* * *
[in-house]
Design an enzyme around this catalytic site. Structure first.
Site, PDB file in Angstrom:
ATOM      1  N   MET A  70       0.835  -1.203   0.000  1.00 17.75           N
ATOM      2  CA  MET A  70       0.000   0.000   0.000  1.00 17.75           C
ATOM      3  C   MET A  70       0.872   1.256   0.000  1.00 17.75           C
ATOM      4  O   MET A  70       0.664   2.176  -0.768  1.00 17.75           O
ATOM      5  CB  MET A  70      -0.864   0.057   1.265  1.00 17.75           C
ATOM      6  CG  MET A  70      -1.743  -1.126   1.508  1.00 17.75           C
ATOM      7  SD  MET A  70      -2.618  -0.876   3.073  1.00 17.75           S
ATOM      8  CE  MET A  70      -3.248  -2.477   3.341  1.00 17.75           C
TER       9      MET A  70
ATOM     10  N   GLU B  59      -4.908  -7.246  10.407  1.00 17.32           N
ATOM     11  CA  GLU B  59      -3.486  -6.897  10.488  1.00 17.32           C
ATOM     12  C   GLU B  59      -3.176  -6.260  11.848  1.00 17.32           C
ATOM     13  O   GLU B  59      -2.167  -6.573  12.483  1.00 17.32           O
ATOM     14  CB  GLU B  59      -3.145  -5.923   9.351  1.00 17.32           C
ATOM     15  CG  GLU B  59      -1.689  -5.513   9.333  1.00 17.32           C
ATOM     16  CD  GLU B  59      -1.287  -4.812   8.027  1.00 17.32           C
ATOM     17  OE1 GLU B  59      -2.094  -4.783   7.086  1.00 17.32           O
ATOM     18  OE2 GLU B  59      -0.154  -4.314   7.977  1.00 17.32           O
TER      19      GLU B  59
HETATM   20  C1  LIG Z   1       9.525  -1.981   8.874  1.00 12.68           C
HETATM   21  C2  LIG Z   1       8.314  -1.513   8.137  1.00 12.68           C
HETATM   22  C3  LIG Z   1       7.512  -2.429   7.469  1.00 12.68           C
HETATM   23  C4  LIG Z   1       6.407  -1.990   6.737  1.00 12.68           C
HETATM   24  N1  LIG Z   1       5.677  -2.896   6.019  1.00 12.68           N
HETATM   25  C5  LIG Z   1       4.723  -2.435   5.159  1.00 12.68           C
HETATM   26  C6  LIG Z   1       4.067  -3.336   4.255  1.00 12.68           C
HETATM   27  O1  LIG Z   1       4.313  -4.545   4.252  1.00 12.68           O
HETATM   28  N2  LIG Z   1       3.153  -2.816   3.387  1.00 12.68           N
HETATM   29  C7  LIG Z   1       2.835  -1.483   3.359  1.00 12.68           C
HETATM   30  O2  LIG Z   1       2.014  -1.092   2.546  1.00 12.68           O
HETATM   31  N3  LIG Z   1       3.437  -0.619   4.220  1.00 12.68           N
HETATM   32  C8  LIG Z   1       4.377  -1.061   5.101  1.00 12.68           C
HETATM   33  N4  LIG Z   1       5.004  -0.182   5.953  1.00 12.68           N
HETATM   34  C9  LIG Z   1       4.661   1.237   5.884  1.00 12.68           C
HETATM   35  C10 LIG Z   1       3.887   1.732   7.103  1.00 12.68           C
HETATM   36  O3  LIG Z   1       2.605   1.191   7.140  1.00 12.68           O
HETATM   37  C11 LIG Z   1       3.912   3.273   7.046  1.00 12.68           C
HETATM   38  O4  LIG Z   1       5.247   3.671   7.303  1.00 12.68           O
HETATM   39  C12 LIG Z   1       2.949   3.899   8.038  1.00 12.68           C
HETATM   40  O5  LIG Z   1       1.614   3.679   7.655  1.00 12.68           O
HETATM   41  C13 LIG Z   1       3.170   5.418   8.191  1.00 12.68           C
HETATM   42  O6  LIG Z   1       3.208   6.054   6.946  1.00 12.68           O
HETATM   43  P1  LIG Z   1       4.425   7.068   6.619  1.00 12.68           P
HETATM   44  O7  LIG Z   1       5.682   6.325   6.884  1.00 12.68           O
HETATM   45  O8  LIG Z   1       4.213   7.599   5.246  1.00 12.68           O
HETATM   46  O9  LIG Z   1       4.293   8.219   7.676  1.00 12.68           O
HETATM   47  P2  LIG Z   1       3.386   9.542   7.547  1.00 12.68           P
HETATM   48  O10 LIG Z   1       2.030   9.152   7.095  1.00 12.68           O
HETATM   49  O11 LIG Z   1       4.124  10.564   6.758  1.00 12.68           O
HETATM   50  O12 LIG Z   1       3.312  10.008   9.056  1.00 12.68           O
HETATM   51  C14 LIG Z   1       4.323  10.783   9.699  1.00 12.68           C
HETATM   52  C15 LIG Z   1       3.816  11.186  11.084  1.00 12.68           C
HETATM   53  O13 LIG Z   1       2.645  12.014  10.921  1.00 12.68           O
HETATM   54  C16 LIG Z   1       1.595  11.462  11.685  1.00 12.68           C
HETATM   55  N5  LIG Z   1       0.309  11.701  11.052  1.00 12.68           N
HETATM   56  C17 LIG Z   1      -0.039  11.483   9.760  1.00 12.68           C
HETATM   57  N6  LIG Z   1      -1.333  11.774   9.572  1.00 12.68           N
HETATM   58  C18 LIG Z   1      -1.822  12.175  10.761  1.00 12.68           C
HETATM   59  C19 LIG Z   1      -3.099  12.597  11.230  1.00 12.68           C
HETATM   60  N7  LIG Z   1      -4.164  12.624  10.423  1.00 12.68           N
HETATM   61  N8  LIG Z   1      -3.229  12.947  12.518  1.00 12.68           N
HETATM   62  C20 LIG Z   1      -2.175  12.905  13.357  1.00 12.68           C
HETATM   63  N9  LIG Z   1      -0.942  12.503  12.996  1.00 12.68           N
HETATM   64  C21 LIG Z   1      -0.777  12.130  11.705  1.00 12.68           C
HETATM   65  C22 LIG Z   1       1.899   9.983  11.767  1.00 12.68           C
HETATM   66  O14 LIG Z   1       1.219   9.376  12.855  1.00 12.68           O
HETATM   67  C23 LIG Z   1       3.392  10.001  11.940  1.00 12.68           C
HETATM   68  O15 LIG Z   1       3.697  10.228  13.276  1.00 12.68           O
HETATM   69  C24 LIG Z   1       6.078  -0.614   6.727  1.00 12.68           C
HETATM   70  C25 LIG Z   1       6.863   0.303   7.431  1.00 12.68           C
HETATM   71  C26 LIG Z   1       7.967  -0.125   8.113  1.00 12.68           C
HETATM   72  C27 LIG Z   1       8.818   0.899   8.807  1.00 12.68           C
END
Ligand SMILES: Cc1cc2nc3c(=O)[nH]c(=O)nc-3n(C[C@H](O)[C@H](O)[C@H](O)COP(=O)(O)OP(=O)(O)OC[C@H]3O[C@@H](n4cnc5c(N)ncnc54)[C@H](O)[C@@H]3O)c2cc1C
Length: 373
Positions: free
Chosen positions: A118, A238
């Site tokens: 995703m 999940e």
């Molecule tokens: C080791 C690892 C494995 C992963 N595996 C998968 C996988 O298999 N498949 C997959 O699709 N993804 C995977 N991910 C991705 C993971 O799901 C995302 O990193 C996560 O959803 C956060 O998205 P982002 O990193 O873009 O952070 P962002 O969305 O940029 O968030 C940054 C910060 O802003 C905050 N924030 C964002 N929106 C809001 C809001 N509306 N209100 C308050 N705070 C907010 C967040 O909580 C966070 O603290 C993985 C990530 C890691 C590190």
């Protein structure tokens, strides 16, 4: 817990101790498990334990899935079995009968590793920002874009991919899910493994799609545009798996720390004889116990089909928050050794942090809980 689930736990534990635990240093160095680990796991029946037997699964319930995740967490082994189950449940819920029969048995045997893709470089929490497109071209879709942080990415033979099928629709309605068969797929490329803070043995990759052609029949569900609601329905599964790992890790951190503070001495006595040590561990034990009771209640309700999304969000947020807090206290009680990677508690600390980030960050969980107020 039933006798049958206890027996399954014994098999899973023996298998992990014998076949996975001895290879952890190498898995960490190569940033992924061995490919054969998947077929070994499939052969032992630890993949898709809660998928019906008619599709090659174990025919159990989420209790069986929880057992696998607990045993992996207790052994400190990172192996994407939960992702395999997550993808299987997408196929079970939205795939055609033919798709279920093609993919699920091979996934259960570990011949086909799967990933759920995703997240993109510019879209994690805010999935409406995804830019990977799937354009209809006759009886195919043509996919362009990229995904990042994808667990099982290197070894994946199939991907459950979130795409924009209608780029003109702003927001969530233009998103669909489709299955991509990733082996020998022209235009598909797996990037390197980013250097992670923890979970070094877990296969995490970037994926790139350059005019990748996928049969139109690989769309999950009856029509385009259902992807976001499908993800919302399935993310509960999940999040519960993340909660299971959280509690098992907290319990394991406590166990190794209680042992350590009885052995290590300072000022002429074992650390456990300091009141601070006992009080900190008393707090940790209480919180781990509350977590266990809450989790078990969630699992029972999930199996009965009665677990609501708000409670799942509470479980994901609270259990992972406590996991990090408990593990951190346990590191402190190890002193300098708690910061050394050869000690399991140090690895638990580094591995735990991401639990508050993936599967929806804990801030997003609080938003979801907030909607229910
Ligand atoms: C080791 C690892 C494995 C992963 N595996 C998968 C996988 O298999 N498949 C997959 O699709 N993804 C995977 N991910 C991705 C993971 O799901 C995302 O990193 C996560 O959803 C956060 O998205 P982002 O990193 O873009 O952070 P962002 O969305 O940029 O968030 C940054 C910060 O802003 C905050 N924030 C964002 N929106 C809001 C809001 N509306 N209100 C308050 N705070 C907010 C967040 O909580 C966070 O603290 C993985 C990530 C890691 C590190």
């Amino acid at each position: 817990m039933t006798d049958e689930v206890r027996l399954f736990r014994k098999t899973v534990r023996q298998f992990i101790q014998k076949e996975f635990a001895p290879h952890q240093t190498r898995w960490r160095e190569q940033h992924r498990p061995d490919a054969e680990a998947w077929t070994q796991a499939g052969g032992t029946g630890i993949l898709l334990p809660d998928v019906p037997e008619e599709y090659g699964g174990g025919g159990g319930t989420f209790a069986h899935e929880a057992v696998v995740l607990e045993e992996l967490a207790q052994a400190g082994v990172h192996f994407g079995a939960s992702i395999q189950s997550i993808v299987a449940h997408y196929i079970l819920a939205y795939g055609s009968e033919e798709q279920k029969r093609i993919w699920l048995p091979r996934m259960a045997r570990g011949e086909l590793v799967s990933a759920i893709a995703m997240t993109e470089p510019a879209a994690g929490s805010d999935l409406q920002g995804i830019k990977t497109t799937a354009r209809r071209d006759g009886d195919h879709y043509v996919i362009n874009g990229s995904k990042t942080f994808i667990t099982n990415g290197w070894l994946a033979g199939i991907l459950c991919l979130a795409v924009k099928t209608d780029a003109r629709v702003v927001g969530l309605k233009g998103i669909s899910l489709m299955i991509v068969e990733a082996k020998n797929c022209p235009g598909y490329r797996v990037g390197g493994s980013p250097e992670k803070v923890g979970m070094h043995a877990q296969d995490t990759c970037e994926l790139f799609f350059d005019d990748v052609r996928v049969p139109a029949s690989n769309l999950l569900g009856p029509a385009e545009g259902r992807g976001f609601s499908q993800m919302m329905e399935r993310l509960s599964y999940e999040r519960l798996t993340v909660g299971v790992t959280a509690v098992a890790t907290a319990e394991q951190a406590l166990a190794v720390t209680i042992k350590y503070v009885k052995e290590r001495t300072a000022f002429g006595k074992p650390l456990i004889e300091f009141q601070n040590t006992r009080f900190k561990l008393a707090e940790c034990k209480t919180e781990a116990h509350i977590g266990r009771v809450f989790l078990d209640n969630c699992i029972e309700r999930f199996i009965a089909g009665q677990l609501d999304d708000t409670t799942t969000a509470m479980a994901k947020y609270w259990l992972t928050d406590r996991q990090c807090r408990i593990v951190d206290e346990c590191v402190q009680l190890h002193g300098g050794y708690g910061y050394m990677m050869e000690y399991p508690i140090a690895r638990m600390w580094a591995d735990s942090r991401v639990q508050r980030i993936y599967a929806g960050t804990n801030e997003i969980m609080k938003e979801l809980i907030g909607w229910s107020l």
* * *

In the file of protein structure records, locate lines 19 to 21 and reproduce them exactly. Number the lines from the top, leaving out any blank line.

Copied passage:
ATOM     16  CD  GLU B  59      -1.287  -4.812   8.027  1.00 17.32           C
ATOM     17  OE1 GLU B  59      -2.094  -4.783   7.086  1.00 17.32           O
ATOM     18  OE2 GLU B  59      -0.154  -4.314   7.977  1.00 17.32           O